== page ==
Growing moonwort ferns add an interesting and unusual element to the sunny garden spot. If you're not familiar with this plant, you might wonder “what is moonwort?” Read on to learn more. Growing moonwort ferns are not commonly found in domestic gardens, as they are difficult to locate in nurseries and garden centers. Even in the wild, botanists sometimes have trouble finding the small plant. If you find one though, moonwort fern care is fairly simple once the plant is established.
What is Moonwort?
Simply put, moonwort is a small, perennial fern, with leaflets shaped like a half-moon, hence the common name. Botrychium lunaria is of the Adder's-tongue family, and according to common moonwort information, this is the most commonly found specimen of the moonwort family in North America and Europe. The history of this plant indicates that it was once an element of witches' and alchemists' brews in centuries past. Pagans collected the plant by the light of the full moon, fearing its potency would be lost if gathered at another time. Don't confuse the common moonwort with the other plant that is sometimes called the same name, Lunaria annua. The easy to grow, money plant or silver dollar plant is totally different. B. lunaria, while small, is one of the bigger specimens of 23 known varieties of moonwort and one of the most commonly found in the wild. The plants rarely reach more than 3 inches (8 cm.) in height and often grow among taller grasses. The plant emerges as a single shoot, but is actually a combination of both a fertile and a barren stem. Leaflets on the plant are not called fronds as they are on other ferns. Common moonwort information also indicates that it's difficult to count wild plants, and thus, comment on moonwort fern care because much of this plant's activity occurs underground. Some years it does not appear above the ground, but continues developing beneath the soil surface.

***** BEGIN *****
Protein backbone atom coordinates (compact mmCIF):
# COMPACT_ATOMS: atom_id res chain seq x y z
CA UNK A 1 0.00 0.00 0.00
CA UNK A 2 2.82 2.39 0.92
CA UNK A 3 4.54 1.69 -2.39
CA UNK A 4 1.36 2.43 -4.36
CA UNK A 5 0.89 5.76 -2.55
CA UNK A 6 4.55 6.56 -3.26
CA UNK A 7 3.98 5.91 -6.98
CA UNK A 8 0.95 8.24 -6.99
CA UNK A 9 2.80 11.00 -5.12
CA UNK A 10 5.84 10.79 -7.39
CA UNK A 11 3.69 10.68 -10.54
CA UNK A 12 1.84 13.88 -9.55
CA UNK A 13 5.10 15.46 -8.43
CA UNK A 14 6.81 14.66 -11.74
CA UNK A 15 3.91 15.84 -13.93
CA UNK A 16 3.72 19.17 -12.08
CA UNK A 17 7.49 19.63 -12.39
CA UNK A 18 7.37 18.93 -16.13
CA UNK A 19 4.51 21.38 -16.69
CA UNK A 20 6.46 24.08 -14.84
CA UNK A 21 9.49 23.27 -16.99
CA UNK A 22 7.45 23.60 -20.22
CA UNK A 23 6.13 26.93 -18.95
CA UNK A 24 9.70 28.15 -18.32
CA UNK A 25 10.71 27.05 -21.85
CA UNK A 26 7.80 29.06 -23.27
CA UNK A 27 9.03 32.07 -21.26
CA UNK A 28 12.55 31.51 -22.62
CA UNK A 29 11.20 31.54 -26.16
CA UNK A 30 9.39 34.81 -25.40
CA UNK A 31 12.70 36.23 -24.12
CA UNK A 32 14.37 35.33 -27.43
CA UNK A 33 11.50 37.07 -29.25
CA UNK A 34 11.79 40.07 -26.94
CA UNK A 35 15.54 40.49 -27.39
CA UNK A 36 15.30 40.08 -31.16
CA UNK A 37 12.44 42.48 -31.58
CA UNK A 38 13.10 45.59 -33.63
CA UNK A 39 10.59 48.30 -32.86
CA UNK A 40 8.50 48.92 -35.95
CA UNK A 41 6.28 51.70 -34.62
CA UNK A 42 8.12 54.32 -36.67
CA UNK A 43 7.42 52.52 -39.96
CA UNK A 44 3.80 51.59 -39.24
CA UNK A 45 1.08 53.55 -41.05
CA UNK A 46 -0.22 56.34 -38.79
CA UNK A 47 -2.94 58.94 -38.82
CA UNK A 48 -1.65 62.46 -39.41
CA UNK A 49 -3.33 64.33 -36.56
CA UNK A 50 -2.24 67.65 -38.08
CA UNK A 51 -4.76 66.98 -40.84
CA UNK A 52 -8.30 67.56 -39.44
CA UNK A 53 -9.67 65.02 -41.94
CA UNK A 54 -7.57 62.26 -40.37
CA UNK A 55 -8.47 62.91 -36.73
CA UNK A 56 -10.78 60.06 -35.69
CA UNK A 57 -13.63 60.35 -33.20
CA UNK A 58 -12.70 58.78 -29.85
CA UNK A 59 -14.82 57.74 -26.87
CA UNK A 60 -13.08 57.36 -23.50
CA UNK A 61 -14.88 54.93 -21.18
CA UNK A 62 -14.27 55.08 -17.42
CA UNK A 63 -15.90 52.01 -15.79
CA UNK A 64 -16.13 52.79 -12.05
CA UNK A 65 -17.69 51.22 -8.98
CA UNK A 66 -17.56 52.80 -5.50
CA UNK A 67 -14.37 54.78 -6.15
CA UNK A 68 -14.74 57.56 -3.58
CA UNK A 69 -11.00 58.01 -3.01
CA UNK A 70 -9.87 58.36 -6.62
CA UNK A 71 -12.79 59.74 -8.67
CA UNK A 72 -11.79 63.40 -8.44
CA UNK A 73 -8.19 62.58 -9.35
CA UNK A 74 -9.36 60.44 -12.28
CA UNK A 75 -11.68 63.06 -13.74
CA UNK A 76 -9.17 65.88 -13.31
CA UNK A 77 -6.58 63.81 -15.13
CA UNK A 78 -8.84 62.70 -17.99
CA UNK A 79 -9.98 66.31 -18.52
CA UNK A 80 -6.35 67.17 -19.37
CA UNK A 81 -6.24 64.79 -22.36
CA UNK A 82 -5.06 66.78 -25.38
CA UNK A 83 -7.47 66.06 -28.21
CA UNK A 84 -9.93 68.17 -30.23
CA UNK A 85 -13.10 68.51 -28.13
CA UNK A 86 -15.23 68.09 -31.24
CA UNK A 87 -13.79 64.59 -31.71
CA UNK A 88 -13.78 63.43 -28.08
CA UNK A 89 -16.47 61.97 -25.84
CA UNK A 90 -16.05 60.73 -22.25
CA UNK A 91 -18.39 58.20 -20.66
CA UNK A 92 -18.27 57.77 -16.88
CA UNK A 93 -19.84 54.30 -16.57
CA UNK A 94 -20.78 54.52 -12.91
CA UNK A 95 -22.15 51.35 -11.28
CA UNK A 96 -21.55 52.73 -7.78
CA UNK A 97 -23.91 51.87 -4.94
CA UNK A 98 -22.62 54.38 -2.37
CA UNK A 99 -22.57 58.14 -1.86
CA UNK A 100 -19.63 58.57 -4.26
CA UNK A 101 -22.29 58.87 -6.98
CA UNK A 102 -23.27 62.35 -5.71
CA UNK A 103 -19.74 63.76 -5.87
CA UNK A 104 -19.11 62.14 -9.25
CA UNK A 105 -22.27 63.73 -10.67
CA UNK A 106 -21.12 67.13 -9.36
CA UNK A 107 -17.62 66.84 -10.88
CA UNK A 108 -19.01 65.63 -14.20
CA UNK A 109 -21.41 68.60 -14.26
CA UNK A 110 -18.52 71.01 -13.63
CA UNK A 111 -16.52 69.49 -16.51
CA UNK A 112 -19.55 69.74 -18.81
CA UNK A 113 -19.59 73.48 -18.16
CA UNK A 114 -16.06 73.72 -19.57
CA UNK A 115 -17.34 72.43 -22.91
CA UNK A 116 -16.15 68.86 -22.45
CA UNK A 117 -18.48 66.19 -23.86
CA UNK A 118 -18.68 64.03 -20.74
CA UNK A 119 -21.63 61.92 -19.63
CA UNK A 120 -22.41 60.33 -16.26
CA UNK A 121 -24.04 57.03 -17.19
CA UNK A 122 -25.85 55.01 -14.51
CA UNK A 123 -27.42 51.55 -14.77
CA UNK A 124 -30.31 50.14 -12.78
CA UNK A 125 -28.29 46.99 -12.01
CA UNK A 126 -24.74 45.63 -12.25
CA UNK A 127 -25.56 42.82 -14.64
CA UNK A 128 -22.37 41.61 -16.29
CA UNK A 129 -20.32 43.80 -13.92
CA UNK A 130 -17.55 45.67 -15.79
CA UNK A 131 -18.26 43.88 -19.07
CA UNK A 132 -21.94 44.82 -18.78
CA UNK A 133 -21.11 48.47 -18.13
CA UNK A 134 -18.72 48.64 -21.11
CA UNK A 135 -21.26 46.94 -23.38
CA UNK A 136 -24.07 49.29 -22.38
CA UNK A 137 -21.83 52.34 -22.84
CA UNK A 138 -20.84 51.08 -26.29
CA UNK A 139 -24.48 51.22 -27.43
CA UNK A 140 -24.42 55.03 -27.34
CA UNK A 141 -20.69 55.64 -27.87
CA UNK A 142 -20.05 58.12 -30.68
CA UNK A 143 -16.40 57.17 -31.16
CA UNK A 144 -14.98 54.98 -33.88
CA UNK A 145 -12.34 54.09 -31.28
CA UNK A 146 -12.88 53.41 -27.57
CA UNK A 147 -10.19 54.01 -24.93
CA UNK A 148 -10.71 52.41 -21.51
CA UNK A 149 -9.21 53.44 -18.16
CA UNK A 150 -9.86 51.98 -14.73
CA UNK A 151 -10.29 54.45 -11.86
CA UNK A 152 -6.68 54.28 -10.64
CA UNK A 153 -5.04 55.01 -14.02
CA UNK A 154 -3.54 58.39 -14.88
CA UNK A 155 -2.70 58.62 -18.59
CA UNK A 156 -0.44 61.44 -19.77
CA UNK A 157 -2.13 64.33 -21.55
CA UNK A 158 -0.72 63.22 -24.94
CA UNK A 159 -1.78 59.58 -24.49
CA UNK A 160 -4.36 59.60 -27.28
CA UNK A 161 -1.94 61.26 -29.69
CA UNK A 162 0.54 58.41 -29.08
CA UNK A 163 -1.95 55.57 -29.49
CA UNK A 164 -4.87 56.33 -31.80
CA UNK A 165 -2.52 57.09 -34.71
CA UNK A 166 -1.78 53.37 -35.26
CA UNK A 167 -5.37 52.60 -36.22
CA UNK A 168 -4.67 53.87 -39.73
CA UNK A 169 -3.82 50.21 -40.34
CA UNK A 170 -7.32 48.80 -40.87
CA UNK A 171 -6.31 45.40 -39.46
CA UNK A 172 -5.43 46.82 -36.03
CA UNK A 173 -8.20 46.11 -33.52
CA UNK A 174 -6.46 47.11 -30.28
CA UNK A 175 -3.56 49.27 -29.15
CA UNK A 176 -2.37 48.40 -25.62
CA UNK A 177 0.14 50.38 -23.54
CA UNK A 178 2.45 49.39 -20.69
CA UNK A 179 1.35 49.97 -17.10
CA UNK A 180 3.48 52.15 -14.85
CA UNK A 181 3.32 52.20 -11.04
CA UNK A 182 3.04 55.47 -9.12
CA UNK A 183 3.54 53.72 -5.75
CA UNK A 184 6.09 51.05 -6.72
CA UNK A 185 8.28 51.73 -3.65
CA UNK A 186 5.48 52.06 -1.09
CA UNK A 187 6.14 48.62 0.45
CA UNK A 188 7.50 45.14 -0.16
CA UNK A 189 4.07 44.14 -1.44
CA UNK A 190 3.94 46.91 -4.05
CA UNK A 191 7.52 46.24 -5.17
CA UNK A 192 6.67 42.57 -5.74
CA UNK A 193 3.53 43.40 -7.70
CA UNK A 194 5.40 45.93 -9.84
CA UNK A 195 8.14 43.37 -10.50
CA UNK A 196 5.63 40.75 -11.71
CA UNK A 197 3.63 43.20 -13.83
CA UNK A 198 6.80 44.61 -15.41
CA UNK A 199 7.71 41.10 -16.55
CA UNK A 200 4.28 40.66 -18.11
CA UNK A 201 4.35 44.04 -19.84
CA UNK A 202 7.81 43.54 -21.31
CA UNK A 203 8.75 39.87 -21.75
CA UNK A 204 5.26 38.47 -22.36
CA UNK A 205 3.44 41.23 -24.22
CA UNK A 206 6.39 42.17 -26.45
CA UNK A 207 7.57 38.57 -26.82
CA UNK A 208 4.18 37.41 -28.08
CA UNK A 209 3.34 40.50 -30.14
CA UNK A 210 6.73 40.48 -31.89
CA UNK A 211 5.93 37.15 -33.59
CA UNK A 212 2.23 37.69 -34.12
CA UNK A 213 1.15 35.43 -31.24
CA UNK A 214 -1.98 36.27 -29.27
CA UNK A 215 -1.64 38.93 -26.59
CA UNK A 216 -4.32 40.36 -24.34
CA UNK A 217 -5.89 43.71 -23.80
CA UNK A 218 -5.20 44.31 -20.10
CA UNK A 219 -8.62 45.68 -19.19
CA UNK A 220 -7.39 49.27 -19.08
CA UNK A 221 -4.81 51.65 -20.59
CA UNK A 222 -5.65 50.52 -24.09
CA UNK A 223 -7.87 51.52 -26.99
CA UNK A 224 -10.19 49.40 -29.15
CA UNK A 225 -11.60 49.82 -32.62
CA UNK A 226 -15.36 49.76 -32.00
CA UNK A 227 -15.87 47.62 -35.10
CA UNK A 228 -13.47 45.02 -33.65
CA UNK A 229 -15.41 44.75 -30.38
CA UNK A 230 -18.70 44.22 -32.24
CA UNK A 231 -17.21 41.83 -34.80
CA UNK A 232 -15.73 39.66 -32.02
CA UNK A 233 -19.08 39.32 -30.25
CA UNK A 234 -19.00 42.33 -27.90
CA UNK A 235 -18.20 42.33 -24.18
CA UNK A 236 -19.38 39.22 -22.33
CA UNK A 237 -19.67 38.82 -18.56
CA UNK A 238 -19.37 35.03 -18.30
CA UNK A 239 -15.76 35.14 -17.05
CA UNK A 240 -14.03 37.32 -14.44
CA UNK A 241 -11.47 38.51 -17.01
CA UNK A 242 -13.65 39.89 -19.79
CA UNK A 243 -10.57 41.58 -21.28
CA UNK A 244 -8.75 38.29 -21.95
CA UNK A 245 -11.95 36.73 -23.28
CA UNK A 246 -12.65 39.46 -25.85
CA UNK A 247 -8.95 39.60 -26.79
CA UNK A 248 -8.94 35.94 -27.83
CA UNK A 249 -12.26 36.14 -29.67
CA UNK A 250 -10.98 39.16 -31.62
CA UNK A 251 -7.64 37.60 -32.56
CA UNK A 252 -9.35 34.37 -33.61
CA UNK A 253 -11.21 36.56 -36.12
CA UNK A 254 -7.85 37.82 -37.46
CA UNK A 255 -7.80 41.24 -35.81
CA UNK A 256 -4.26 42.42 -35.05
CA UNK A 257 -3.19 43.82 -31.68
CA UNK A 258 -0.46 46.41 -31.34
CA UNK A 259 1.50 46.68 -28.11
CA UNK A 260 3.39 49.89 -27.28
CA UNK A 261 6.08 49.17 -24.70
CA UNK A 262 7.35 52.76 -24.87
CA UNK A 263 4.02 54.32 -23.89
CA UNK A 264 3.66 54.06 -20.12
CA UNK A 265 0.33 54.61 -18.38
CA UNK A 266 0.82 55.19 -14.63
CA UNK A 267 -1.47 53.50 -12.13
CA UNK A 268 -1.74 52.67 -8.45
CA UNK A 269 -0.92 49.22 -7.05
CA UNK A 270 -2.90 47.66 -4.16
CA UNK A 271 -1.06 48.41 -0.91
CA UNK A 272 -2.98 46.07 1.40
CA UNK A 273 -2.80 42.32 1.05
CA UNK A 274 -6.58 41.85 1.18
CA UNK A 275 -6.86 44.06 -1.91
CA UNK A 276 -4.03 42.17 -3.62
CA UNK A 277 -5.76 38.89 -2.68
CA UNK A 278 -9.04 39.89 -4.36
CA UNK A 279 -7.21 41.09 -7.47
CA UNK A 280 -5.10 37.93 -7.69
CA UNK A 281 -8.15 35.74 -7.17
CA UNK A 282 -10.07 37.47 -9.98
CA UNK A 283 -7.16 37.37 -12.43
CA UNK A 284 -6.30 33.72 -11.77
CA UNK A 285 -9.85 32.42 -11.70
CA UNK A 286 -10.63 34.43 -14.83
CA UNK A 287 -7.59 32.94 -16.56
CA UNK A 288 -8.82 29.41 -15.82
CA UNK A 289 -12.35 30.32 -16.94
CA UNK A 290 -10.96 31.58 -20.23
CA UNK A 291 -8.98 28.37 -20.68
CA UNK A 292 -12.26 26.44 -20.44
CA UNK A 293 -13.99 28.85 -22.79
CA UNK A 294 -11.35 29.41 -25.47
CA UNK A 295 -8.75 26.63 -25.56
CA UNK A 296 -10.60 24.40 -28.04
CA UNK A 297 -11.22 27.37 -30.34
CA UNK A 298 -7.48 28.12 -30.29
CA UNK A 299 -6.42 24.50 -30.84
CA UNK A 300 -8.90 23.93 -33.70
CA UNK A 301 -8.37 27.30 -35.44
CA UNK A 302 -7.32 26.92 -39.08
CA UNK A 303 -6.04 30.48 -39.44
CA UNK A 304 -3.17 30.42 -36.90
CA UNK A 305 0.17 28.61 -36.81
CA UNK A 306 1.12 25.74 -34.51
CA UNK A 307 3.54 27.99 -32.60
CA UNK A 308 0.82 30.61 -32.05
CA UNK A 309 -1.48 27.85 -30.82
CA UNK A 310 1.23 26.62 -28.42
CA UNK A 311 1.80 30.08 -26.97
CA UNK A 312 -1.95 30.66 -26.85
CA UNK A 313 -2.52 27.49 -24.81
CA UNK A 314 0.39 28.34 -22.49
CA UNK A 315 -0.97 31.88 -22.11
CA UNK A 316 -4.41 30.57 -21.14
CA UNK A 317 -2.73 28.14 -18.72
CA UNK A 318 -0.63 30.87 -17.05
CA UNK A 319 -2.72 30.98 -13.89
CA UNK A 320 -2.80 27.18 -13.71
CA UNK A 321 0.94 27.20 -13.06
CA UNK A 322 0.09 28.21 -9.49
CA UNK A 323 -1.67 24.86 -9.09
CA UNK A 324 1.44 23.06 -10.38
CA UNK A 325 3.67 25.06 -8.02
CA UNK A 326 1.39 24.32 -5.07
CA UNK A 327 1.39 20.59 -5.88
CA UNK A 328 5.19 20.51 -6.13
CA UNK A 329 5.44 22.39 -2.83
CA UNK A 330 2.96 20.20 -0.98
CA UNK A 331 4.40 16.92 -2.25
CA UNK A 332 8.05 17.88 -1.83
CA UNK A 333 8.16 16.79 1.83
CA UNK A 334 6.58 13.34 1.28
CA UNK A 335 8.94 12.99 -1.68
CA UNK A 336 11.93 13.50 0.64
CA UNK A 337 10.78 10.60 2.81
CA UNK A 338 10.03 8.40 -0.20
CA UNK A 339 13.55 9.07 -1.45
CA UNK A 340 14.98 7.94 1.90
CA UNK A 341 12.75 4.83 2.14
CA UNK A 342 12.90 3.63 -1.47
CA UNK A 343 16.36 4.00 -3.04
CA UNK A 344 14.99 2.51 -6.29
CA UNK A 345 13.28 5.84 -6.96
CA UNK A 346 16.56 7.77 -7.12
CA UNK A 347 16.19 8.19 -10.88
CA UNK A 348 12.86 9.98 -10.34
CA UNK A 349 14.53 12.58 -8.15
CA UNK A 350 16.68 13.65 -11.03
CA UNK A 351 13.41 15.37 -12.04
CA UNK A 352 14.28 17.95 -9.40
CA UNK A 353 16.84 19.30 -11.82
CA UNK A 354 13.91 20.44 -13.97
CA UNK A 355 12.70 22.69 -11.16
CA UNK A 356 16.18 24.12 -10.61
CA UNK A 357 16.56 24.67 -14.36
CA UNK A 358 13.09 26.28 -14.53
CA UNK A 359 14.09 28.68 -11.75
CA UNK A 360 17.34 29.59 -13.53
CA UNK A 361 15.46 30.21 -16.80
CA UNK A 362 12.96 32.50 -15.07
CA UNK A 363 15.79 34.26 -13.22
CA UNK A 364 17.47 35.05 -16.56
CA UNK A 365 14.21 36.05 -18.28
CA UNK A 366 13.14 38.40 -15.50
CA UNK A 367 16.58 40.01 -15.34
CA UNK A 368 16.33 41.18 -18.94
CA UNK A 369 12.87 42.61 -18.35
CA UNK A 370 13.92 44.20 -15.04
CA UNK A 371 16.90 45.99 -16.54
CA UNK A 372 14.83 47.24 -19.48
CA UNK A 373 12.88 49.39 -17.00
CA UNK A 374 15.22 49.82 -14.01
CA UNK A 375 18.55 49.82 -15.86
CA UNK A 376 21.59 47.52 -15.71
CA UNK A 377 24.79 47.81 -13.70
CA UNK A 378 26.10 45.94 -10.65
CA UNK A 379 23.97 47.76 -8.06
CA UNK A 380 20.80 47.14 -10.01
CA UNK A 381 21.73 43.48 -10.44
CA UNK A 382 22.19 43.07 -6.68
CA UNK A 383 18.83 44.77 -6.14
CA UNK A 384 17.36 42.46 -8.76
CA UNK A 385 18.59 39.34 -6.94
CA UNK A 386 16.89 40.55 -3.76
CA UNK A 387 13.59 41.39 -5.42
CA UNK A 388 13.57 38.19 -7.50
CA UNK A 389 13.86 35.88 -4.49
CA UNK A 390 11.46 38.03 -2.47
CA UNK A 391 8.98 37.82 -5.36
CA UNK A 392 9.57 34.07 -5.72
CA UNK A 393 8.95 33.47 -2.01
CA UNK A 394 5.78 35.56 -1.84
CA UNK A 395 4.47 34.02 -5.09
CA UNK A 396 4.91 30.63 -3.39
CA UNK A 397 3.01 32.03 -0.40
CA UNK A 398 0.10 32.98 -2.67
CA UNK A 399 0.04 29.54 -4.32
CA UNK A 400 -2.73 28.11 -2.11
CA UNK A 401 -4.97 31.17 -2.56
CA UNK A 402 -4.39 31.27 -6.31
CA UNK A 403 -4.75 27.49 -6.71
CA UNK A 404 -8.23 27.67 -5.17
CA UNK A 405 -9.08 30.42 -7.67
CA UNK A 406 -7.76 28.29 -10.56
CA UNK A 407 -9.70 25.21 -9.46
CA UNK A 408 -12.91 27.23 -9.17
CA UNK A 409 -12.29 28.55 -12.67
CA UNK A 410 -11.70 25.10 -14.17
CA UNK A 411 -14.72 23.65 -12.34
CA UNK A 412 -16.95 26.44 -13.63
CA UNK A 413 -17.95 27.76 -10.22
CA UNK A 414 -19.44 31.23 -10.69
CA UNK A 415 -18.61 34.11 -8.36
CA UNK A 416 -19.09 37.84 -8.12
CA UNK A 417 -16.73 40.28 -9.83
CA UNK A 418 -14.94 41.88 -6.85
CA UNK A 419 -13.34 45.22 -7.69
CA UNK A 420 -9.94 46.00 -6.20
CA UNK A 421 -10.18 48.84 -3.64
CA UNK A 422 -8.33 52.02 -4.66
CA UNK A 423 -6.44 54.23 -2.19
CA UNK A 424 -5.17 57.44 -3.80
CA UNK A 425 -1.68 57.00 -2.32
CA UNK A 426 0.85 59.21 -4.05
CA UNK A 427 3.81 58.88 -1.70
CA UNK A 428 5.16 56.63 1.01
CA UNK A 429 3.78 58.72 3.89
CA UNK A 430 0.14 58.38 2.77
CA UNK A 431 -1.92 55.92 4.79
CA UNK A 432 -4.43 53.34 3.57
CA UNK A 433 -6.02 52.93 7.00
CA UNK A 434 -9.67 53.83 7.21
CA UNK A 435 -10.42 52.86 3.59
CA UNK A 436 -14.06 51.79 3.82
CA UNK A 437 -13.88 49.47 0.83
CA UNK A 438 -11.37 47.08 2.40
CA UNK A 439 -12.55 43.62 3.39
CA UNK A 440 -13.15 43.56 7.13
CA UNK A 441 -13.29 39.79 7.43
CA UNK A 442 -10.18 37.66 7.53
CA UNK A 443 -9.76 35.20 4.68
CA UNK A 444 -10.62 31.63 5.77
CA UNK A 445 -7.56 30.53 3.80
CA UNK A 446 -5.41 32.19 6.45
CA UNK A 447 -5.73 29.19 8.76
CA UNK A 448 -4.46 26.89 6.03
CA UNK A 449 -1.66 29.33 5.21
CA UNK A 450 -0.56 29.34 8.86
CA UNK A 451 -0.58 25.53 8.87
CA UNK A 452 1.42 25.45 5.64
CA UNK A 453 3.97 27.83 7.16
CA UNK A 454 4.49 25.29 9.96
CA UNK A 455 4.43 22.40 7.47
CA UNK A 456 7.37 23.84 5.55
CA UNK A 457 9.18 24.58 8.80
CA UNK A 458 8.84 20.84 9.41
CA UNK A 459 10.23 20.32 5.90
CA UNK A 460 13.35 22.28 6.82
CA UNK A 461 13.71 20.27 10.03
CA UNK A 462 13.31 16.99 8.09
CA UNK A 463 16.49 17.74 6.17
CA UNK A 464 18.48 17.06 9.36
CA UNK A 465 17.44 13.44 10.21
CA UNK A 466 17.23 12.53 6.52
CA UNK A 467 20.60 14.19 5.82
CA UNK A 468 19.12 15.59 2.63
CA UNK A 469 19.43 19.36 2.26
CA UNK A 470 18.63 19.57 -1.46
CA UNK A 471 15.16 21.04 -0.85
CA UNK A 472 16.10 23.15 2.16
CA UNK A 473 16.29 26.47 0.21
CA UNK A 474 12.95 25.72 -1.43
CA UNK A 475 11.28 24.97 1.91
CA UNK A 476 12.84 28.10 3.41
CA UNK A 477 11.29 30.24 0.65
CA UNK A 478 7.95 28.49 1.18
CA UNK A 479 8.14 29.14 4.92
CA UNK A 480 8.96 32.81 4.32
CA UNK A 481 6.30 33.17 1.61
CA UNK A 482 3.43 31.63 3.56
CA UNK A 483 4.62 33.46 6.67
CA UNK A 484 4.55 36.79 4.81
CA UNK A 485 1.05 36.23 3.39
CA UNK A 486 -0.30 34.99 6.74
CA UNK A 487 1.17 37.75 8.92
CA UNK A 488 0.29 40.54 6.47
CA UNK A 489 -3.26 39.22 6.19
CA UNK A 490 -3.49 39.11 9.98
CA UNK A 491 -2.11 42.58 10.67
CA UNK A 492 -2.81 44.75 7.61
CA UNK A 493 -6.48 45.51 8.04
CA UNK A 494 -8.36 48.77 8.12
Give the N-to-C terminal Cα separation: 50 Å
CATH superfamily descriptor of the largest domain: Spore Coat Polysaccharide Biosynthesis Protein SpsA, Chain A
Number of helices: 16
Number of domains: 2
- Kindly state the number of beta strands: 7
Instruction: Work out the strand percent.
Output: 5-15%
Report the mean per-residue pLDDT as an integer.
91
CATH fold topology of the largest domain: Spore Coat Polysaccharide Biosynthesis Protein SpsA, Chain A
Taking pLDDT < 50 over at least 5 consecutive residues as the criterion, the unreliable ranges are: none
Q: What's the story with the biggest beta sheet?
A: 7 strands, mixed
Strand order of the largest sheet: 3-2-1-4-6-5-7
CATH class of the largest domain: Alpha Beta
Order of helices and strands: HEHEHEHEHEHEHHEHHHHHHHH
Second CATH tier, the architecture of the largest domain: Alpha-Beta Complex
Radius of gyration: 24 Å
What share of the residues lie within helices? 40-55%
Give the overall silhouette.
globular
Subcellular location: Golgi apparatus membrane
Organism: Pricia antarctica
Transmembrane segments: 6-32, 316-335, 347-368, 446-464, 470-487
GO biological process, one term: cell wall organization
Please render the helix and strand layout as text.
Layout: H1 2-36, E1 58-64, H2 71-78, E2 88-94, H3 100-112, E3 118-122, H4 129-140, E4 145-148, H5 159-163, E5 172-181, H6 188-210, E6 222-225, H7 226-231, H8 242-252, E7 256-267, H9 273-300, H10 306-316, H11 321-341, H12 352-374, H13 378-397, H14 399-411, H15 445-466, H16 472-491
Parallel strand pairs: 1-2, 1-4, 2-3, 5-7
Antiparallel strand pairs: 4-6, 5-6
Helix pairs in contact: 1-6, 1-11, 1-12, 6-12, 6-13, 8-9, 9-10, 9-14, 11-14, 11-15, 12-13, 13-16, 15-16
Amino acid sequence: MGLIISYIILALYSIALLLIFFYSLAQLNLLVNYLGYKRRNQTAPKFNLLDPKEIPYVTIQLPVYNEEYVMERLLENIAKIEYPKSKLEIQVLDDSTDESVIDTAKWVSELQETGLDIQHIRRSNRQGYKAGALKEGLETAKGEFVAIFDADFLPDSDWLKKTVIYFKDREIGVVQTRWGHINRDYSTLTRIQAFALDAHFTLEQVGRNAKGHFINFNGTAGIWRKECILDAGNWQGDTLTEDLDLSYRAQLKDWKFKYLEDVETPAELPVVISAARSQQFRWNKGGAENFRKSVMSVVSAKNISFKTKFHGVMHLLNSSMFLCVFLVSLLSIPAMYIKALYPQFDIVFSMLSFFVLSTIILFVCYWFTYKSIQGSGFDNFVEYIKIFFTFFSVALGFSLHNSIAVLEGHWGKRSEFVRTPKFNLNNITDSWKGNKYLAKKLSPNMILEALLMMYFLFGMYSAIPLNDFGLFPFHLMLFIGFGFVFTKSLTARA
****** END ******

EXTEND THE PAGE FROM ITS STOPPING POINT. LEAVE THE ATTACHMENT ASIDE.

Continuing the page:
Growing Moonwort Ferns
Most plants of the moonwort family are considered rare and many are endangered or threatened in some areas. Some are in peril. Common moonwort information, while not substantial in many areas, does provide a few tips of how to grow moonwort. Plants are rarely available, so gardeners may attempt growing moonwort from spores. This is a long and often difficult process. Growing moonwort fern is most likely to be successful by finding one that has volunteered in your area. Gardeners in the northern Midwest of the United States are most likely to find a plant growing, although growing moonwort ferns may appear in other areas. Mark the area and check back year after year. Or transplant a portion of the fleshy roots, along with the stems which have emerged. When moving moonwort, remove a good part of the surrounding soil to avoid disturbing the roots of this fern. Keep the soil slightly moist, never too wet or soggy. When learning how to grow moonwort, plant it in well-draining soil in sun or partial sun. Differing from other ferns, this plant cannot exist in full or even partial shade.
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Becca Badgett was a regular contributor to Gardening Know How for ten years. Co-author of the book How to Grow an EMERGENCY Garden, Becca specializes in succulent and cactus gardening.
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